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A non-profit publication of the Office of the University Relations of Virginia Tech,
including The Conductor, a special section of the Spectrum printed 4 times a year

MAN AND WOMAN OF THE YEAR

Spectrum Volume 19 Issue 26 - April 3, 1997

Robert Ballenger

By Julie Kane

A Virginian by birth, Robert Mills Ballenger from Coopersburg, Pennsylvania, returned to his roots seeking a degree in communications studies at Virginia Tech. During his four years at the university, Ballenger amassed a long record of academic achievements, demonstrated involvement and leadership in campus activities, and made numerous contributions to the university.

According to one of his references, "He stands head and shoulders above his peers when it comes to academic achievement, public service and character."

The high academic performance he achieved is evident by the numerous memberships he holds in national honor societies, including Golden Key Phi Eta Sigma, and Phi Kappa Phi. As a junior he presented a paper, one of only 30 selected nation-wide, at the Undergraduate Honors Conference, the most prestigious communications conference for undergraduates. In addition, he has been an active member of Phi Sigma Pi National Honor Fraternity and the Public Relations Student Society of America.

Most impressive is Ballenger's service to the university. He was a Prologue orientation leader responsible for advising and assisting incoming students and their families on making the transition to college life. He also became a Language Partners volunteer tutoring international students. Serving as a University Relations intern, Robert contributed articles to Spectrum, Diversity News, the Virginia Tech Global Network and the Collegiate Times. He also had two essays selected and published as model essays for the Virginia Tech Writing Program for Students, the university's official writing guide distributed to the faculty and to more than 13,000 freshmen over a three-year period. After graduation, he plans to attend graduate school and obtain a Ph.D. so that he may teach at a college or university.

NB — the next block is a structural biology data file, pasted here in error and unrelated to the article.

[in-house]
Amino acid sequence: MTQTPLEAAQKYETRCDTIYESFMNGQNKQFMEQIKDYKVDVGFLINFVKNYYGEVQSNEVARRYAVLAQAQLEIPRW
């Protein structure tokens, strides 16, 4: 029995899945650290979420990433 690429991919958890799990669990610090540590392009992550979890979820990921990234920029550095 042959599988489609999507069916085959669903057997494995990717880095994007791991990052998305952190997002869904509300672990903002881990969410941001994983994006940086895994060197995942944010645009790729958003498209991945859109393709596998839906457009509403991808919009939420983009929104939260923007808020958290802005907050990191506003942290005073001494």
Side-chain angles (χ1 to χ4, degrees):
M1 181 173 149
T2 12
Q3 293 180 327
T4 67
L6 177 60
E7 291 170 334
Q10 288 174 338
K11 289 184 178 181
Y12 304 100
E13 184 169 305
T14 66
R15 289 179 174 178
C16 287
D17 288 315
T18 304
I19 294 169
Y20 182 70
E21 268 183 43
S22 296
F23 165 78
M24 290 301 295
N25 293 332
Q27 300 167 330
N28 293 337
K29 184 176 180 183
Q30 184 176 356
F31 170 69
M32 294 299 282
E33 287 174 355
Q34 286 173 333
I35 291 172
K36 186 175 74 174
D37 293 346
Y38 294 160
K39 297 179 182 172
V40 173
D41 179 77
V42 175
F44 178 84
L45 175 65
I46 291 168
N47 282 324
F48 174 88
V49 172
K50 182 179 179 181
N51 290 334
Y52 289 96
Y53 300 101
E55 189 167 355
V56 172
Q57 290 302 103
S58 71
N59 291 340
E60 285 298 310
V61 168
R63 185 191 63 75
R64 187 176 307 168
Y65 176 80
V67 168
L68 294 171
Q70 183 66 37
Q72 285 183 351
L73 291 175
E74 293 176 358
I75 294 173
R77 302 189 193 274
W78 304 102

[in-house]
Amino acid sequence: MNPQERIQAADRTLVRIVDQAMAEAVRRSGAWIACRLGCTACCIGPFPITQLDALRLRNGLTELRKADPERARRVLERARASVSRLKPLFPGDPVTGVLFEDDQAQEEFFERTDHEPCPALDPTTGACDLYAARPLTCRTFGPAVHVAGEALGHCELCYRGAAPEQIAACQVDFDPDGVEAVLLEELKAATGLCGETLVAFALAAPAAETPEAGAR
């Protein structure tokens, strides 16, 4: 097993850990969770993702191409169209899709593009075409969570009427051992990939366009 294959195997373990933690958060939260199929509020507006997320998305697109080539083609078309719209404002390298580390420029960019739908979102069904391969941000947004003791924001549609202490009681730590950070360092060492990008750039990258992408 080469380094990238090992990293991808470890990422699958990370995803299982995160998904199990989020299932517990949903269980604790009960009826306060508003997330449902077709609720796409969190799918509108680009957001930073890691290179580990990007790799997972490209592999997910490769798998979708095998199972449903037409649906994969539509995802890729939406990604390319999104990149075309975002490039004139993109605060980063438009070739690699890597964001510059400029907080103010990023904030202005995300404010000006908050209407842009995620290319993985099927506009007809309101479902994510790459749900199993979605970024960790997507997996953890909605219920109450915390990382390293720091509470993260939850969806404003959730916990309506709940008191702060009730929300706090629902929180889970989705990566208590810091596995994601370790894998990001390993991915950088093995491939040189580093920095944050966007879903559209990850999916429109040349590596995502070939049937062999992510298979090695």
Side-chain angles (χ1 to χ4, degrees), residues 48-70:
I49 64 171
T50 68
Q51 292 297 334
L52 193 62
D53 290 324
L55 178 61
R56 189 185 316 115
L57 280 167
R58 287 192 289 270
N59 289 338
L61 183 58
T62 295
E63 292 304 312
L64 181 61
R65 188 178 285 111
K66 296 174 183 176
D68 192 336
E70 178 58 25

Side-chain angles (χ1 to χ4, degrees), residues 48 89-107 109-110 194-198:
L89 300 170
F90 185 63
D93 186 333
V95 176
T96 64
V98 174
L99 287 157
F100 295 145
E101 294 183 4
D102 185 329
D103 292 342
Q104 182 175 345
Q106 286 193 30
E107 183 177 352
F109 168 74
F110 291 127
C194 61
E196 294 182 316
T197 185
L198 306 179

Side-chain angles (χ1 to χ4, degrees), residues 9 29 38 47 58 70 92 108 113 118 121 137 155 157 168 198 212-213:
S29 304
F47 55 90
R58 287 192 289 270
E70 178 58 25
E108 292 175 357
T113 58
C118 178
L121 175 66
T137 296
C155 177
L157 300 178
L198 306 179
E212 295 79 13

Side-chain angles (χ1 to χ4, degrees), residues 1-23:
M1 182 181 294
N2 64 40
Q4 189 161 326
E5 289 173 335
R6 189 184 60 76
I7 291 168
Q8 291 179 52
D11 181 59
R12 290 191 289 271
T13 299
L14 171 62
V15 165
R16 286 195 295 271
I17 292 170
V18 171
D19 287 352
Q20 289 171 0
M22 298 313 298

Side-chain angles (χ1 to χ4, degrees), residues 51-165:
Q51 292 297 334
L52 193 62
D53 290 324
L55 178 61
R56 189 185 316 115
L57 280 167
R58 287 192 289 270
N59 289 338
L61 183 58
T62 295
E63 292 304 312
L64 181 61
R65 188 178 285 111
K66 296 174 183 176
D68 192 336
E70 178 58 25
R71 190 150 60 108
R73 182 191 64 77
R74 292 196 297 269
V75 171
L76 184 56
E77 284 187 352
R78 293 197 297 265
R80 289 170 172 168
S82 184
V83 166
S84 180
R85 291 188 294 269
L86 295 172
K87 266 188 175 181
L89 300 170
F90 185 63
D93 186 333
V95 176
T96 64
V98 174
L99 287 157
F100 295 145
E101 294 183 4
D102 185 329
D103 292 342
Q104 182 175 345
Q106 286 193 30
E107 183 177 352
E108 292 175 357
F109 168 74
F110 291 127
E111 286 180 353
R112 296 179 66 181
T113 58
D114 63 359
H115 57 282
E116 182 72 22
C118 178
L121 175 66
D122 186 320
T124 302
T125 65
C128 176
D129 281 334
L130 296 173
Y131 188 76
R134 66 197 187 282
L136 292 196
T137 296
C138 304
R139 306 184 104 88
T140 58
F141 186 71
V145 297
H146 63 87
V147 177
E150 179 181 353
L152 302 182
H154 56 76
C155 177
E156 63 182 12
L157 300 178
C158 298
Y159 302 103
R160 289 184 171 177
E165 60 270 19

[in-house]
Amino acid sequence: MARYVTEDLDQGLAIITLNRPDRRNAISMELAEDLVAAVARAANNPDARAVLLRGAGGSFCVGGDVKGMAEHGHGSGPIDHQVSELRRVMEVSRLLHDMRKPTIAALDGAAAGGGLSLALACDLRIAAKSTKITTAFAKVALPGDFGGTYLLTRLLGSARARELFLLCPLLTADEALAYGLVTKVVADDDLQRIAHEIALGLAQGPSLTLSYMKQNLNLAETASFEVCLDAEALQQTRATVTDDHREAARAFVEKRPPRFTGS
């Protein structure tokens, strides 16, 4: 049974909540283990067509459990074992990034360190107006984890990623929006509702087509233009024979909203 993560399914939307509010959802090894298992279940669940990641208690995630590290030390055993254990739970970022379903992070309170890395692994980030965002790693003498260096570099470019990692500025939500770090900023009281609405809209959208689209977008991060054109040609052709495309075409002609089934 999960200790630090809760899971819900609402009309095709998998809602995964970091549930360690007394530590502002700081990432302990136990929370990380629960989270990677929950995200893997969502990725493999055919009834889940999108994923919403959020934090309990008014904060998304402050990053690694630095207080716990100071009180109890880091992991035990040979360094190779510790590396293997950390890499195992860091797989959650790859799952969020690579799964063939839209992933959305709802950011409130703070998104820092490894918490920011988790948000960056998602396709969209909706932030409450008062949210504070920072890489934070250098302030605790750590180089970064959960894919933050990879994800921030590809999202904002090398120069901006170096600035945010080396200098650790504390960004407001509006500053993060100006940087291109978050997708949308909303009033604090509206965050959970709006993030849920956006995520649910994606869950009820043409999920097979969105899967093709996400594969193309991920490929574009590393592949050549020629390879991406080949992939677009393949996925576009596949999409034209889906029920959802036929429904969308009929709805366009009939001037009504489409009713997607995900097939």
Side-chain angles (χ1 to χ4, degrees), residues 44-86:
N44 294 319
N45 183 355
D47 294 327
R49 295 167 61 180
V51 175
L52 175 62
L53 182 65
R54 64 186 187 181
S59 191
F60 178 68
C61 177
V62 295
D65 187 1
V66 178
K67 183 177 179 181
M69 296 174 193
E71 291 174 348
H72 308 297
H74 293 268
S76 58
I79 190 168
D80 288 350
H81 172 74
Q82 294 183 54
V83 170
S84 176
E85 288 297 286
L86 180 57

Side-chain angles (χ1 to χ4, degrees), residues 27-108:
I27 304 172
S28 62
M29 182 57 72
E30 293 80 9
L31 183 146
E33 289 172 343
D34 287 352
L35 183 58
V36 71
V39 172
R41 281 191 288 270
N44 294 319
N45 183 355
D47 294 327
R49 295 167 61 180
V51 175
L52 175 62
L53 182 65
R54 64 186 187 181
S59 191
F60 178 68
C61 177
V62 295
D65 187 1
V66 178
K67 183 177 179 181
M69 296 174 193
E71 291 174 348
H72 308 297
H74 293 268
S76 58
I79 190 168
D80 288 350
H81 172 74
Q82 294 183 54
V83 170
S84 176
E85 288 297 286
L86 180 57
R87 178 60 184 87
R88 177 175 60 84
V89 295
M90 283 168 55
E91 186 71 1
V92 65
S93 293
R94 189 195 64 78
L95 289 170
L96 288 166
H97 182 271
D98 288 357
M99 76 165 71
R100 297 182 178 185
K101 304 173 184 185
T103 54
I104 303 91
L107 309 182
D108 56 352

Ballenger's sentiments about his experiences at Virginia Tech can best be summed up by his "Ode to Alma Mater," one line of which reads, "Pennsylvanian by address, Virginian by birth, Returning to the Old Dominion, has proven its worth."

Robyn Moore

By Matthew Winston

Robyn Helene Moore has been named Virginia Tech's 1996-97 Woman of the Year. Moore is a senior majoring in art with a concentration in art history in the College of Arts and Sciences.

Throughout her college career, Moore has excelled both in and out of the classroom. She has made the Dean's List every year and has participated in various activities, including the Equestrian Club, Phi Kappa Phi, Golden Key Honor Society, the Honors Program, and Garnet and Gold Honorary Women's Organization. She is also on both the Collegiate Times and the Bugle photography staff.

Moore credits her involvement with the University Honors program with helping her enhance her education and for providing her with avenues with which to channel her artistic and philanthropic energies. She says her true love in life is photography. She joined the photography staffs of the student-publications groups because she saw no true undergraduate curriculum at Tech that would lead her to concentrating in this field. Moore said, "However, with the help of the Honors Program, I have sought and found professors within the university who were willing to help me fashion an undergraduate curriculum in photography, using art history as a vital foundation for my work as an artist."

Moore was the university's top nominee for the Rhodes Scholarship, the Marshall Scholarship, and the Fulbright Scholarship. She was one of eight students university-wide to receive the Hokie Spirit Scholarship which is based on academic merit and contributions to community service.

Among her many community service projects, Moore spent one summer at Apple Ridge Farm in Floyd County teaching young Roanoke inner-city kids arts and crafts. There she took pictures of children who don't often see themselves in photographs. This was part of helping young kids express themselves in an artistic manner.

"I will leave Virginia Tech knowing that I have forged the best possible education for myself," said Moore, who plans to graduate this May. Her achievements will be recognized at Founders Day.